Film festival: Of lesser-known works
Alliance Française de Delhi, 72, Lodhi Estate. For details, email email@example.com, call 43500200, 41764054 or visit themonsoonfestival.com
In Search of Frozen Music
For 12 years, Samit Das researched Rabindranath Tagore’s ideas about architecture. In Search of Frozen Music at Nature Morte is Das’ response to the archival material, including Tagore’s designs and interiors for Santiniketan and his own homes in Kolkata. Das has created a pastiche of his own photographs and paintings with Tagore’s artwork and writing. He achieves this with mixed-media works, using historical photographs of Tagore and superimposing them with doodles of houses, ladders—motifs that Tagore used regularly—and paintings of red bricks.
10am-6pm (Monday-Saturday). Nature Morte, A-1, Neeti Bagh. For details, call 41740215.
The Strange Case of Billy Biswas
In the play—an adaptation of Arun Joshi’s 1971 novel—the titular character renounces the humdrum of city life for the tribals of Chhattisgarh. When Gopal Sharman was fresh out of university, he had bought land in Kullu in the hope of starting a Gandhian farm. Red tape stopped him, so Sharman and his wife Jalabala Vaidya, who were to later set up Akshara Theatre, went to meet the collector—he wouldn’t see them. Now, with their adaptation of Joshi’s 1971 novel, The Strange Case of Billy Biswas, about the son of a Supreme Court judge who is seduced by a tribal lifestyle, they’re putting the spotlight on state callousness. 1 hour.
6.30pm. Akshara Theatre, 11B, Baba Kharak Singh Marg. Tickets, Rs 100, Rs 200, Rs 350 and Rs 500, available at the venue. For details, call 23364326.
Festival of Emerging Cinemas
Organized by the International Association of Women in Radio and Television, the event is a showcase for films that hardly ever appear on the national radar. Watch ‘Sona Gahi Pinjara’ by Biju Toppo, an Adivasi film-maker who won National Film Awards for his non-fiction presentations ‘Ek Ropa Dhan’ and ‘Iron Is Hot’, on 10 August ( 20 minutes). Shaikh Nasir’s ‘Malegaon ke Sholay’ (2 hours, 30 minutes) will be shown on the 9th, and ‘Brief Companion in a Capital City’, by Manipuri director Dorendra Waribam, will be screened on 12 August. 1 hour, 5 minutes.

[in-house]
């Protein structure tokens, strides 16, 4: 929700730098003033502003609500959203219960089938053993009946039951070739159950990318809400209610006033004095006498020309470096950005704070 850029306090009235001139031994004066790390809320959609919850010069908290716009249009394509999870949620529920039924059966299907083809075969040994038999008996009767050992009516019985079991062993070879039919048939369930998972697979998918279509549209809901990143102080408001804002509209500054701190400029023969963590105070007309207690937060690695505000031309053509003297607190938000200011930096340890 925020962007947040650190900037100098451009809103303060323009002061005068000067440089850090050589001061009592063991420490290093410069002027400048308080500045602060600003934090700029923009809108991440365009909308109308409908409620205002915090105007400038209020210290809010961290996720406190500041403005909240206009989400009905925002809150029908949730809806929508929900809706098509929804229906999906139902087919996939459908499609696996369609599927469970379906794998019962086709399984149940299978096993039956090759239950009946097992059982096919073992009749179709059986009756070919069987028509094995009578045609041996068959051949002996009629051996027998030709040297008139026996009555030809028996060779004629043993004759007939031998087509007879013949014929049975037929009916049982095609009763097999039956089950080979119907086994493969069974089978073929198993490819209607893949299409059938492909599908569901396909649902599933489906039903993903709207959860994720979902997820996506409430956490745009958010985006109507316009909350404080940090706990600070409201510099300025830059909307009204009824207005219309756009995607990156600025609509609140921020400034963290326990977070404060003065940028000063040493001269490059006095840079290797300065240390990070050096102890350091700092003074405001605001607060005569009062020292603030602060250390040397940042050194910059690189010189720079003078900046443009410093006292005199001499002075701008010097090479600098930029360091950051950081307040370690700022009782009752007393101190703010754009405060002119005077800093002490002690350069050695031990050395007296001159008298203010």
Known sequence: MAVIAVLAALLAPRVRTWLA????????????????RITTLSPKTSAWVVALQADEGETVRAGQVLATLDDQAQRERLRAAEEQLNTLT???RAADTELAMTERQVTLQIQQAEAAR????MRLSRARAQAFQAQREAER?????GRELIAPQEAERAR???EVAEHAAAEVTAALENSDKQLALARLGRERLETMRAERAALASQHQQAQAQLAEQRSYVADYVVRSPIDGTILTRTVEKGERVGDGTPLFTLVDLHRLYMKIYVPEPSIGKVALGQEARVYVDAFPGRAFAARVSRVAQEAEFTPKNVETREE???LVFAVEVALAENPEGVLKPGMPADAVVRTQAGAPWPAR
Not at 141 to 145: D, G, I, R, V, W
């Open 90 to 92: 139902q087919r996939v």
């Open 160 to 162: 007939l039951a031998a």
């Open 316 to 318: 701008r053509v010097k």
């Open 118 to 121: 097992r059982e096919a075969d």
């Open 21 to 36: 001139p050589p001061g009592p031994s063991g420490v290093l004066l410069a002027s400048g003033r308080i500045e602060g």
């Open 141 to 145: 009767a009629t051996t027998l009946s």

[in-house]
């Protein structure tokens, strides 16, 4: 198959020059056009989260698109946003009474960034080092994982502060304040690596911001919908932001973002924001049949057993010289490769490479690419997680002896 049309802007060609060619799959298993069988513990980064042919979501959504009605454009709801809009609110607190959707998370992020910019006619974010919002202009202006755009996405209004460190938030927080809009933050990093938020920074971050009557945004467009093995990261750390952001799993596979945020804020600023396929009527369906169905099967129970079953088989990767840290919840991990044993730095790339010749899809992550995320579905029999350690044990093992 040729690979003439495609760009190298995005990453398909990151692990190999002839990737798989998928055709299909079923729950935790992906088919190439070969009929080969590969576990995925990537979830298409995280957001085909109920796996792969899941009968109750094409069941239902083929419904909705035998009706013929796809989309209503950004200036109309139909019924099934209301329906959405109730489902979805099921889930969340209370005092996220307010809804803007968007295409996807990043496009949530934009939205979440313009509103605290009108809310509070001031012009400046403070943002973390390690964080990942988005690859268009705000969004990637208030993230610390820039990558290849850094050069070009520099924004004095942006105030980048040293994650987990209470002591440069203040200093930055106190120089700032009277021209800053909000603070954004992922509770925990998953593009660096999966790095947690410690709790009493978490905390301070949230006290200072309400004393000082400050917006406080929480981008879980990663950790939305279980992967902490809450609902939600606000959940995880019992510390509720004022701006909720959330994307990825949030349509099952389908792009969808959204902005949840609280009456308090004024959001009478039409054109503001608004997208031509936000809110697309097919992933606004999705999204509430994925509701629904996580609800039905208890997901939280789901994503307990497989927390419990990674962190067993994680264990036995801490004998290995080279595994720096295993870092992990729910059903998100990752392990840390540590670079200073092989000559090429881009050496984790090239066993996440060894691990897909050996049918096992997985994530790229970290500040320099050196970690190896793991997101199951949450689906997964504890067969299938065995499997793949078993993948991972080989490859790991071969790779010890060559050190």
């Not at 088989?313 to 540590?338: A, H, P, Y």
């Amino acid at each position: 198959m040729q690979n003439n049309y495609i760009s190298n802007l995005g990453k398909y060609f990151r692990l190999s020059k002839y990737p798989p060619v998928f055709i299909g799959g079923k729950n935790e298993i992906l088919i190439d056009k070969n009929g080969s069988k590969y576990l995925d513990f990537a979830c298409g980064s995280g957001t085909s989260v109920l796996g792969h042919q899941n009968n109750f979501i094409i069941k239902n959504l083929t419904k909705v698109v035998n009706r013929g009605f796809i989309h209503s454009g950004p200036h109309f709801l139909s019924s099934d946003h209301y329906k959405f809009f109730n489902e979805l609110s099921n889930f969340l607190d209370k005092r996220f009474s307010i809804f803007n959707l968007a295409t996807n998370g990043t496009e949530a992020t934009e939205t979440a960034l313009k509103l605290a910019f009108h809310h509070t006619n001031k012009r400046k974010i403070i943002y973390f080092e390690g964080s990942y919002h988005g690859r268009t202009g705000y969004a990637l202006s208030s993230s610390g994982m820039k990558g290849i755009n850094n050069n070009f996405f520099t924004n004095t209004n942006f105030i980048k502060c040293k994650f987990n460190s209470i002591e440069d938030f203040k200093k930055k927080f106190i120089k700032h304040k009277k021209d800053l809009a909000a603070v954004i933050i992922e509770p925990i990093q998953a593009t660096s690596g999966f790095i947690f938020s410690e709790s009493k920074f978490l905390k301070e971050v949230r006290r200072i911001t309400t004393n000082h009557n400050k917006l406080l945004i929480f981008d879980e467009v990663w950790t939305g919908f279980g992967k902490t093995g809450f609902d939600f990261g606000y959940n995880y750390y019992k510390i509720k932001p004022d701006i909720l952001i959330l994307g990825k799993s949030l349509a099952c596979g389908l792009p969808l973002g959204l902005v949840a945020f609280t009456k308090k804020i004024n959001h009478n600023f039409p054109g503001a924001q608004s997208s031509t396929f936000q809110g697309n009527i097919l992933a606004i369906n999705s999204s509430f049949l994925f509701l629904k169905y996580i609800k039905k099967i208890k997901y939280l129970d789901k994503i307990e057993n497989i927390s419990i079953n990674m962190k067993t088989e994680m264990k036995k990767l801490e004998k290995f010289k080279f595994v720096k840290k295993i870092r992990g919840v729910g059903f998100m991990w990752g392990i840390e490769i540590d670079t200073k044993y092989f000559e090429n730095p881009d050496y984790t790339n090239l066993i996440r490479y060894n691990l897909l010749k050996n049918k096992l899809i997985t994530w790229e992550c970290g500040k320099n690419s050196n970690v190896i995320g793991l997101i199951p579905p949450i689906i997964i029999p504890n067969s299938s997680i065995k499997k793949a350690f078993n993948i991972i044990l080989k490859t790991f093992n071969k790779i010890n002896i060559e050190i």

7pm. Gulmohar, India Habitat Centre, Lodhi Road. For registration and details, call 24682222.
Garmagaram Chai Pakoda Festival
Till 31 August
Indulge in mouth-watering snacks such as cheese pakoda, stuffed bread pakoda, makai aur nariyal pakoda, methi ka pakoda, mirch pakoda and palak pakoda at Khandani Rajdhani, a premium vegetarian thali restaurant. Sip on a variety of teas, such as pudina chai, chandra chai, kali chai, cutting chai and elaichi ki chai, as you munch on the fritters this monsoon.
Teatime: At the chai pakoda fest
4-7 pm. Level 4, Big Bazar Super Centre, Ameerpet. For details, call 64593998/9.
Till 31 August
Celebrate the holy month of Ramadan by savouring authentic dishes such as haleem, cooked the Hyderabadi way. There are live counters offering different types of biryani and starters—both vegetarian and non-vegetarian—among other Hyderabadi delicacies. The menu changes every day.
7-11 pm. Bidri restaurant, Hyderabad Marriott Hotel and Convention Centre, Tank Bund Road. Charges, Rs 1,200, plus taxes. For details, call 27522577, 27522999.
‘Vush Kaki’, a Telugu street play, and ‘Molagapodi’, a Tamil play, will be staged at Ravindra Bharathi Auditorium in the heart of the city, as part of the Abhinaya National Theatre Festival 2011.
5pm. Ravindra Bharathi Auditorium, Saifabad. For details, call 23231245.
The annual exhibition organized by the Friends of DakshinaChitra will showcase saris, traditional jewellery, trendy outfits and accessories from Bangalore, Chennai, Hyderabad and Mumbai. The participating designers include Damini, Maati Crafts, Seasons and Terra Bags.
Vastra Utsav: Organized by the Friends of DakshinaChitra
10am-8pm, Mayor Ramanathan Chettiar Centre, Santhome. For details, call 9840761624.
Music and Dancercise
Children’s play centre Hansel and Gretel will conduct a weekly Music and Dancercise workshop for children aged 3-7 on Sundays, starting 7 August. With a combination of singalong and action songs, dance and aerobics, the programme is aimed at developing their cognitive skills.